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Hubert Givenchy

From 22 October to 18 January 2014

Limited entry numbers. Early booking is recommended



Autor:
Robert Doisneau
Título:
Hubert de Givenchy
Fecha:
1960
Ubicacion:
© Robert Doisneau

American Impressionism

From 04 November 2014 to 01 February 2015

Limited entry numbers. Early booking is recommended



Autor:
Mary Cassatt
Título:
Autumn, 1880 (detail)
Técnica:
Oil on canvas
Medidas:
92,5 x 65,5 cm

Ubicacion:
Musée des Beaux Arts de la Ville de Paris, Petit Palais, París, PPP00706 © Petit Palais/Roger Viollet
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Thyssen-Bornemisza Collection

Autor:
Jan Polack
Título:
Portrait of a Benedictine Abbot
Fecha:
1484
Técnica:
Oil on panel
Medidas:
57.3 x 41 cm
Úbicacion:
Museo Thyssen-Bornemisza, Madrid
Numero de inventario
INV. Nr. 325 (1934.17)

Jan Polack was a German painter of the late 14th and early 15th centuries who worked in Munich and was noted for his portraits and religious compositions. His style has echoes of late Gothic painting from southern Poland and Bavaria and he settled in the latter area. In particular, he was influenced by the Master of the Tegernsee Passion. This panel, which depicts a Benedictine abbot, is a good example of Polack’s work in the field of portraiture. The sitter is presented against a striking yellow background that contrasts with his black habit. His features are highly individualised, suggesting that this is not a depiction of Saint Benedict, the Order’s founder, but rather a portrait of a particular abbot. Christian Salm suggested that the sitter might be Christoph Schleichere, abbot of the monastery of Weihenstephen where Polack worked for six years. The abbot is depicted holding a book with the rules of his community and a chalice from which a snake emerges.

NR

More information about this work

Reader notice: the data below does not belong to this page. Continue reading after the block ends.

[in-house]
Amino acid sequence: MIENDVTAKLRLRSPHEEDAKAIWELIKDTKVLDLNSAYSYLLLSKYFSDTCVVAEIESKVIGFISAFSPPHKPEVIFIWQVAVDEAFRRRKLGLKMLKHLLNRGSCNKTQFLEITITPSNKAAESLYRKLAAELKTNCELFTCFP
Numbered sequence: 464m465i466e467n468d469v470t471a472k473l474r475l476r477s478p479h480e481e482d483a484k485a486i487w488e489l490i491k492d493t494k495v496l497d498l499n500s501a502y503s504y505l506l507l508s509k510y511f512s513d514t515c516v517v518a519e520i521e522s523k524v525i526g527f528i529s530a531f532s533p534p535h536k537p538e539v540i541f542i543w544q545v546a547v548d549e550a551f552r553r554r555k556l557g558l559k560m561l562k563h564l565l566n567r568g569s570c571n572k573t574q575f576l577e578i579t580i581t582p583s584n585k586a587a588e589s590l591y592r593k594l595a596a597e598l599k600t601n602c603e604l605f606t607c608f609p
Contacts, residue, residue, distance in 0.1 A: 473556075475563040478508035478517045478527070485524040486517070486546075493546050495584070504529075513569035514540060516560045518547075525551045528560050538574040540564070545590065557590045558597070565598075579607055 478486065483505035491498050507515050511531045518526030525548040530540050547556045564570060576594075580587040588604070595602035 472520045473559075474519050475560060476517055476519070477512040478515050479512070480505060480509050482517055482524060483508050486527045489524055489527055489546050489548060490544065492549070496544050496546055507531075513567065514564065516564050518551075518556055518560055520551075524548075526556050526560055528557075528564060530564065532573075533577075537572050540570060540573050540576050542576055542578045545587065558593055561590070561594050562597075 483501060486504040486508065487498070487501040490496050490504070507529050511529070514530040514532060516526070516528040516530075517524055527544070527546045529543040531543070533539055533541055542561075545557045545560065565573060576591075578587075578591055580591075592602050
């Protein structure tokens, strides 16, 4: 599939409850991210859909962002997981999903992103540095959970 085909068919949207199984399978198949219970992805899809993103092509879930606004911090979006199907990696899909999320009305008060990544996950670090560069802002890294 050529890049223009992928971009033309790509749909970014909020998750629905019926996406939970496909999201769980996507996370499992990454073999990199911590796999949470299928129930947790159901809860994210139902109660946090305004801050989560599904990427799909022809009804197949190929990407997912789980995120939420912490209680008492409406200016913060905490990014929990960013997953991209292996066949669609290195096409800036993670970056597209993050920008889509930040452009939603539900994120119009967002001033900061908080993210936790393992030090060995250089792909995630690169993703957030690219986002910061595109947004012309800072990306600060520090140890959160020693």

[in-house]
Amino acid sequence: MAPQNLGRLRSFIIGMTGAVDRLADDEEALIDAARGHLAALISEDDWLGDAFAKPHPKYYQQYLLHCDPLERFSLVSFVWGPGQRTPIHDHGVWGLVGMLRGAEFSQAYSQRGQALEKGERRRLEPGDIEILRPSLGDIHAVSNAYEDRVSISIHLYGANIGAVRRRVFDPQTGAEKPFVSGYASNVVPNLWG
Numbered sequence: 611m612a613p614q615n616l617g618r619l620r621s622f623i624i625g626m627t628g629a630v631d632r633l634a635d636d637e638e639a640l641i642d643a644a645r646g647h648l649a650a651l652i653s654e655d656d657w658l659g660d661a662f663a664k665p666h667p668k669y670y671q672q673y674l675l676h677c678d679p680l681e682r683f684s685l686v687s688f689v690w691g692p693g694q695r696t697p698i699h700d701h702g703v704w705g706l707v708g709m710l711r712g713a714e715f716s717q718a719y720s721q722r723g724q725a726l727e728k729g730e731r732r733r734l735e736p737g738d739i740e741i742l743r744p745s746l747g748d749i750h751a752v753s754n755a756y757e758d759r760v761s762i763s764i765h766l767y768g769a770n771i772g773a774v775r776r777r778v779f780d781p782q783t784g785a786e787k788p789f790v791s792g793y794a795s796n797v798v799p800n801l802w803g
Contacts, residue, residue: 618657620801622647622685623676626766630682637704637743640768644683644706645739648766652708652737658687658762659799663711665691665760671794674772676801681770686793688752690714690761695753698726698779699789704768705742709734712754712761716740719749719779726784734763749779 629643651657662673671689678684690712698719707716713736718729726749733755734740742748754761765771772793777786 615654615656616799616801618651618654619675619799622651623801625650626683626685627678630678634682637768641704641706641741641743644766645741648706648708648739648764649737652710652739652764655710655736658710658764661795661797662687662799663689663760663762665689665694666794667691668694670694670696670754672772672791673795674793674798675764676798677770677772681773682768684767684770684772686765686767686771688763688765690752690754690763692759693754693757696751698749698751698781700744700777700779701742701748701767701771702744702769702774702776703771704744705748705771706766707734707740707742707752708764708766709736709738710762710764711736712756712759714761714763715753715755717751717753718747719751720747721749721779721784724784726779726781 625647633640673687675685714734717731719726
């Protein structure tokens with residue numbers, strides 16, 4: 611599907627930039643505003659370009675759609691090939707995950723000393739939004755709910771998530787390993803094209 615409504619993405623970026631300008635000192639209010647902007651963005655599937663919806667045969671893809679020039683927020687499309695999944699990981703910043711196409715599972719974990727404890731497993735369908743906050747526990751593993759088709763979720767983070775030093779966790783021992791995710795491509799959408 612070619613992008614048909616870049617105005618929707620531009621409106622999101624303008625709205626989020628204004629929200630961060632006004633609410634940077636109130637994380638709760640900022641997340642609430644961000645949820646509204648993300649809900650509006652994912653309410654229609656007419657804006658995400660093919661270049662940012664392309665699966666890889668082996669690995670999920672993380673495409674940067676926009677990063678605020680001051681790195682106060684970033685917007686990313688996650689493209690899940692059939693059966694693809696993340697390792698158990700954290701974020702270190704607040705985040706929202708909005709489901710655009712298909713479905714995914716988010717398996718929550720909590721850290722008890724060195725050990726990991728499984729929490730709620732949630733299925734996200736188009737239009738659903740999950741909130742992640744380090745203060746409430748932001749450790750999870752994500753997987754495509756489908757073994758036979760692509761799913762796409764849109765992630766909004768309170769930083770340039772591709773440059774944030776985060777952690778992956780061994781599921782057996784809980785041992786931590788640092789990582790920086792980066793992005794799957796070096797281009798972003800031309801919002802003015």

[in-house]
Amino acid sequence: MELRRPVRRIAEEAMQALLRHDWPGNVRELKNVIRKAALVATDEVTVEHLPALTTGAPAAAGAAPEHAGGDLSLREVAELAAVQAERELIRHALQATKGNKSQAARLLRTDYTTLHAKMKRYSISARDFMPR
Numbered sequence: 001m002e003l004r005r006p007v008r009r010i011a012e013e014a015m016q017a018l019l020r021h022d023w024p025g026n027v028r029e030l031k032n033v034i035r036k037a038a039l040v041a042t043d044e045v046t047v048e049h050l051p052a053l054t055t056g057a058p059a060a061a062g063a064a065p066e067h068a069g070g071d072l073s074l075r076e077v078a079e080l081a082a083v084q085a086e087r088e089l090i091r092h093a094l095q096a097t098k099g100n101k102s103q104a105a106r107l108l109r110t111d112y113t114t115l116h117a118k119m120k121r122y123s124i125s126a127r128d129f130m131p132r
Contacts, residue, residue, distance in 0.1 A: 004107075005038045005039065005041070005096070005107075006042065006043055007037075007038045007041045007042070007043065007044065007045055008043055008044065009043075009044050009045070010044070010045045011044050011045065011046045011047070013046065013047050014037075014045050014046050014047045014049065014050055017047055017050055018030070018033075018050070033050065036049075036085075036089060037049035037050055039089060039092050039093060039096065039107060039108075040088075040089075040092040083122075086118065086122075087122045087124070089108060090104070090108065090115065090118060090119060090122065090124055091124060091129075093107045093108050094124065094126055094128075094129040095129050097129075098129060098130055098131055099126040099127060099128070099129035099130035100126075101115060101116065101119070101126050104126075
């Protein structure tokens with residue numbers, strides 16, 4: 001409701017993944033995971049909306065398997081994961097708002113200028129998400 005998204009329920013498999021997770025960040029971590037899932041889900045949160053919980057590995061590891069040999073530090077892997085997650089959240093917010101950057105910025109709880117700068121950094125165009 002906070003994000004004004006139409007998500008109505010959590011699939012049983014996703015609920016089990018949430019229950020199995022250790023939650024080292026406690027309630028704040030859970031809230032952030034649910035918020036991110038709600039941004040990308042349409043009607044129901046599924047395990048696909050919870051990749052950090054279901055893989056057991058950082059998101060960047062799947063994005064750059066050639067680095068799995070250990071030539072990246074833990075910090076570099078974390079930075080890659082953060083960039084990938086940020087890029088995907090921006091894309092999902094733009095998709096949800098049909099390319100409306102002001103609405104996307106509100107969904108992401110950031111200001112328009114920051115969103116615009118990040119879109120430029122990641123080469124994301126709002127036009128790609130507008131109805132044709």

Jan Polack worked for most of his career in Munich. The evident influence of the late Gothic style of southern Poland suggests that he was born and trained in that area. He is first documented in Bavaria in 1482 and from this point on is frequently mentioned with regard to his professional activities up to the point of his death. It has been suggested that Polak arrived in Munich around 1475 for the wedding of the Duke of Bavaria-Landshut to the daughter of Casimir IV of Poland. The first commission attributed to his name in Munich dates from 1479 and comprises a series of frescoes for the church of Saint Wolfgang in Pipping. In 1488 Polak was appointed official painter to the city of Munich and on a number of occasions between 1485 and his death in 1519 occupied the position of vierer in the painters’ guild.

This panel is a good example of Polak’s skills as a portraitist. Silhouetted against a yellow background, the monk bears the attributes of Saint Benedict, founder of the Order of that name. The face is precisely defined with individualised and realistic features such as the wart at the top of the nose and the very short hair. These characteristics have led art historians to suggest that the painting is a portrait rather than a depiction of Saint Benedict. The monk, located in front of a barely visible ledge that is half-hidden by the folds of his voluminous habit, holds the symbols of that saint: a book with the rules of the Order and a chalice with a serpent. The latter is a common attribute of Saint John the Evangelist but in the case of Saint Benedict refers to the time that he spent in the monastery at Vicovaro: there, various monks attempted to kill him but the poison in the cup turned into a snake that fled and the cup broke when Benedict made the sign of the cross over it.

At the time of the painting’s inclusion in the Royal Academy exhibition in London, David Ekserdjian drew attention to two unusual aspects of the work: the fact that monks were very rarely depicted at this date with the attributes of particular saints; and the striking colour that Polak selected for the background.

Salm suggested that the sitter might be Christoph Schleichere, abbot of the monastery at Weihenstephen where Polak worked between 1483 and 1489. The present panel has significant underdrawing, some of which is visible to the naked eye, for example under the small snake in the chalice, which was originally larger and located further to the left. In fact, this panel was originally destined to be a depiction of the Virgin and Child, as the under-drawing revealed by infra-red reflectography has indicated. The image of the Virgin was positioned in the opposite direction to that of the monk and the lower area of her drapery is clearly visible, with the folds and shadows precisely drawn. The upper part of the Virgin is not visible under infra-red as the paint layers of the monk’s habit are too dense.

Mar Borobia

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